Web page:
Sellers need to approach Amazon as a search engine, too, and not just a marketplace. When one is searching on Amazon, the experience differs from that of using any other search engine because the user is on the site with the primary intent to buy. By looking at Amazon in this light—like a shopping search engine where buyers research, compare, and purchase—sellers can reframe their approach and focus on their products’ discoverability and then optimize for conversion.  When you evaluate Amazon in a similar method to Google, then you will realize how important it is to find and use the best keywords for Amazon SEO.

How to Find Profitable Keywords: Manual Reverse ASIN Lookup

The following tactic is helpful to discover if an ASIN is indexed for a specific keyword but it is not a tactic for discovering new keywords (although you can use this method to check a list of keywords against your competition).

  1. o to the product detail page if you don’t have the ASIN on hand. Once you land on the page, go to the URL and locate the 10-digit ASIN. For our example, we’ll use this ASIN B00XTCERLE, which is an apple slicer. You can find a product’s ASIN by looking at its URL:
  2. Go to the search bar and paste in the ASIN and add a ‘+’ then the keyword you want to check. For example, put B00XTCERLE+slicer into the search bar and hit enter. If the ASIN is indexed for this keyword, it will then be displayed on the search results page. If it isn’t indexed, the search results page will say “Your search ‘B00XTCERLE+manzana’ did not match any products.”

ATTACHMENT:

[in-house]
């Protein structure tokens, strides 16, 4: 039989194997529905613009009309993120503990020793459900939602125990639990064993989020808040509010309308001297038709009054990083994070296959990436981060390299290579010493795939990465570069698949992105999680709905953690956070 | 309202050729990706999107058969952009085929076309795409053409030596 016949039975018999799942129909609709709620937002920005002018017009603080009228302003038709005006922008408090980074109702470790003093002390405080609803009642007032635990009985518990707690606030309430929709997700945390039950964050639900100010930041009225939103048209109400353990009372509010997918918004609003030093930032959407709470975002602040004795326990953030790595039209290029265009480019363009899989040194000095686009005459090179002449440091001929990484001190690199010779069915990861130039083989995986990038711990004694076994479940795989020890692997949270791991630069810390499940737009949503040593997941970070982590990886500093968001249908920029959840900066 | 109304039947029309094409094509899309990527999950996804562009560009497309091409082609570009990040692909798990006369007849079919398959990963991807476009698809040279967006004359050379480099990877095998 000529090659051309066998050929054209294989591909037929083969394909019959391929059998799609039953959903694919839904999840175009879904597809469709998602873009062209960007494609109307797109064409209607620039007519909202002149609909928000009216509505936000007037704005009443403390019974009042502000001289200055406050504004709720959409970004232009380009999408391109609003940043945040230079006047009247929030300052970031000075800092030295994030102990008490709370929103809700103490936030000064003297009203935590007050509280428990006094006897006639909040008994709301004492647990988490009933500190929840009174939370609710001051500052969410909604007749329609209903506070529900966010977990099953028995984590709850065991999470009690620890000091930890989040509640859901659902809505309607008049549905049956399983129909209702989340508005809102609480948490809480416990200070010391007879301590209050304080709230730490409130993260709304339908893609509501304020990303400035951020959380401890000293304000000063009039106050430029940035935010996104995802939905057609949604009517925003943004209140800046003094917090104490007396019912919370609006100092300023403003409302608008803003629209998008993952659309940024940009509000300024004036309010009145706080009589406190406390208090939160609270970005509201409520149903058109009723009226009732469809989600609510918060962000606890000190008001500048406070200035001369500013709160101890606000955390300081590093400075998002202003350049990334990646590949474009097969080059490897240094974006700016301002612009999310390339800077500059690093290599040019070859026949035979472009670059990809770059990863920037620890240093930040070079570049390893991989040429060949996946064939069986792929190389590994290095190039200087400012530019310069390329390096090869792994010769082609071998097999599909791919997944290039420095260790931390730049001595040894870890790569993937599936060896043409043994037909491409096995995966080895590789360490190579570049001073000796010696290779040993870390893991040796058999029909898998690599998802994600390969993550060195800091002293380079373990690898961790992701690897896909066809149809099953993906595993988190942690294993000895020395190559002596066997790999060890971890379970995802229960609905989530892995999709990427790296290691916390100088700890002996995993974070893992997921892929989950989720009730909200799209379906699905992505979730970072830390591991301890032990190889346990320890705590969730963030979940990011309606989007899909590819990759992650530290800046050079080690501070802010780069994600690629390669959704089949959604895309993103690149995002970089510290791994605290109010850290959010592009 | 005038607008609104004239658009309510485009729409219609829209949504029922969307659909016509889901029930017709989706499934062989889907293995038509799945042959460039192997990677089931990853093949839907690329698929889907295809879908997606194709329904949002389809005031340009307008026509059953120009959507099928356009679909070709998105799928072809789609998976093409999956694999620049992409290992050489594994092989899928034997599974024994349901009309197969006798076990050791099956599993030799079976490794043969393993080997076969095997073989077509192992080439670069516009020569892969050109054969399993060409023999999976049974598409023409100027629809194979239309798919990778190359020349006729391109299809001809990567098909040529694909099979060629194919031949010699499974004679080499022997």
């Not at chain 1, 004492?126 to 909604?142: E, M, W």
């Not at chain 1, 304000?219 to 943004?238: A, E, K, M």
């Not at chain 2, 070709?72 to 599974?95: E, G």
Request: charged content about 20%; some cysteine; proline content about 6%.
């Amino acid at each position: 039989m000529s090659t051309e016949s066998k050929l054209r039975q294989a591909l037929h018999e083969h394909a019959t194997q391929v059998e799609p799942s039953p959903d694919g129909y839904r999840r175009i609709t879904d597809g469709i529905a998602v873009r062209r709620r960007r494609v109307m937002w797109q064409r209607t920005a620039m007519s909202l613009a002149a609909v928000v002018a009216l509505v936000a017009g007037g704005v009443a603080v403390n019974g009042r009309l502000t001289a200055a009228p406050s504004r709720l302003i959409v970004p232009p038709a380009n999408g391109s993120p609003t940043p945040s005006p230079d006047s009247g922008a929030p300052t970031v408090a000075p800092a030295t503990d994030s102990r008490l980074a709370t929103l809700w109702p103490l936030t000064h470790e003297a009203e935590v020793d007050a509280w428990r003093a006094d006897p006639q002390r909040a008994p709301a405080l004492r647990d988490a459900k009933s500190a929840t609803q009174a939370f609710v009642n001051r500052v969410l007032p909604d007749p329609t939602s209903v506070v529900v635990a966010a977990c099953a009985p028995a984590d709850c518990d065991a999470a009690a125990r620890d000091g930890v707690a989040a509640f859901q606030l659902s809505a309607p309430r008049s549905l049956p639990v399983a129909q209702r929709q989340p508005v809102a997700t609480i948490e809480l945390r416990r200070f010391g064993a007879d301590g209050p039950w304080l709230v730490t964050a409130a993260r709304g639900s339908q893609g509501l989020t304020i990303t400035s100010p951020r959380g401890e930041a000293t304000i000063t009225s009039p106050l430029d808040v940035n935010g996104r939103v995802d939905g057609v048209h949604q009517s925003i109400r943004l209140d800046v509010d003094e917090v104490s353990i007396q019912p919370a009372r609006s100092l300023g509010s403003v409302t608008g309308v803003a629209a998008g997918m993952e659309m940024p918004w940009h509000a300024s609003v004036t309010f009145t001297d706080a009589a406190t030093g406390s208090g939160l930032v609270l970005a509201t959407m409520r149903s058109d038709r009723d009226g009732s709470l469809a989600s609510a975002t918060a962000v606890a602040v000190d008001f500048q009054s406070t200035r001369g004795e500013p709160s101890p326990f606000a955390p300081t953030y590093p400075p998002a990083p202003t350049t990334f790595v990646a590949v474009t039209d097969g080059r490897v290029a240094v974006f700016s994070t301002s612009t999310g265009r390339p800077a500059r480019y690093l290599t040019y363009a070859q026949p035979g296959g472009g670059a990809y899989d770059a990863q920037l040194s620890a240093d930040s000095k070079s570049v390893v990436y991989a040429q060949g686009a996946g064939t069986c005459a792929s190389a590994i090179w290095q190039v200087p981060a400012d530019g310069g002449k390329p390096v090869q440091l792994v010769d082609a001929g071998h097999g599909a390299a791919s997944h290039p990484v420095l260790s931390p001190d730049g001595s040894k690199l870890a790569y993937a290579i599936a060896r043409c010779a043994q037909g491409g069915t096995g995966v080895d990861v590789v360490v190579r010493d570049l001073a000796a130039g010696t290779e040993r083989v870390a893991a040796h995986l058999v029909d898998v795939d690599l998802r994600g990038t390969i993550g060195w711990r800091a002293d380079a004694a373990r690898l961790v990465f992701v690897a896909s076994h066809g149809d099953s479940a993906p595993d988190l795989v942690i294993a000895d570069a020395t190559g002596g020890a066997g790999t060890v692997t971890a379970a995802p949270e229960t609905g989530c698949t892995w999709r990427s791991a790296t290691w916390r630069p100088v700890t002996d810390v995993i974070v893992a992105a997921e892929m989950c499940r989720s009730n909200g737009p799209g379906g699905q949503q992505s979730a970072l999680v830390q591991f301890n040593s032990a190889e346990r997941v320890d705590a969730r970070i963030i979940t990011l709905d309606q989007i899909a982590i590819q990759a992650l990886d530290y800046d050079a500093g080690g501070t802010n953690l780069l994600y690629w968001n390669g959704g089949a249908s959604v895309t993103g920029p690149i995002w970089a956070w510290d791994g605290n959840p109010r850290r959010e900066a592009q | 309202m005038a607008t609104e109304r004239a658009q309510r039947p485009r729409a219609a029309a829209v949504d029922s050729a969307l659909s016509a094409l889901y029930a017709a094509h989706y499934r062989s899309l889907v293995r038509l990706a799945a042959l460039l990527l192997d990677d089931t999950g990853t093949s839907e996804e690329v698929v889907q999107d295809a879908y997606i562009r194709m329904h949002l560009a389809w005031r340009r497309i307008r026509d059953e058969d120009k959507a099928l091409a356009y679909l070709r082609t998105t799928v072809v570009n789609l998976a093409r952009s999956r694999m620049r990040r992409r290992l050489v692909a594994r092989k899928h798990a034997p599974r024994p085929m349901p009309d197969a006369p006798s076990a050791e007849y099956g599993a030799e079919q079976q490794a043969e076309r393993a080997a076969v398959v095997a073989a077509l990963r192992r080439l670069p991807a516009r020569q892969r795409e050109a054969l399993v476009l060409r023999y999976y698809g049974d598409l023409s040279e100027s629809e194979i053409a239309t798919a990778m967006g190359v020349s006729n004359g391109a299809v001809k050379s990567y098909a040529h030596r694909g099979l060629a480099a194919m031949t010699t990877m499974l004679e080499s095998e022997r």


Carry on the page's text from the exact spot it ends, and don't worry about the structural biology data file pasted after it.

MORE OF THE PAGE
You can use this reverse ASIN lookup method for any product on Amazon to find and use the best keywords for Amazon SEO and it’s super helpful and easy. However, it’s a tedious manual process that only verifies if a product is indexed for a keyword, it doesn’t give you any new keywords.

Reverse ASIN Lookup with Scope Google Chrome Extension

If you want to sophisticate your reverse ASIN lookup process, then you can use our Scope Google Chrome extension. Once you’ve added the extension and registered for a plan (we offer a free plan that shows three keywords per ASIN), you can begin your research and glean the information not available by using the first tactic.

Again, on this example we’ll be using our trusty apple slicer. First, go to the product detail page you want to research. Select Show Scope from the bottom right-hand corner on Amazon. You’ll see that Scope shows 217 keywords for the apple slicer ASIN in a variety of long-tail formats. You can view the results based on the keyword, time it was last refreshed, search volume, CPC bid, search position, and estimated sales. You can narrow down the results for search volume since you probably want to see what shoppers are most looking for. Finally, you can export the keywords to a .csv file to remove any duplicates. And now you’ve got a tidy list showing you which keywords you or your competitors are ranking for and it will give you a starting place to begin your backend keyword optimization process.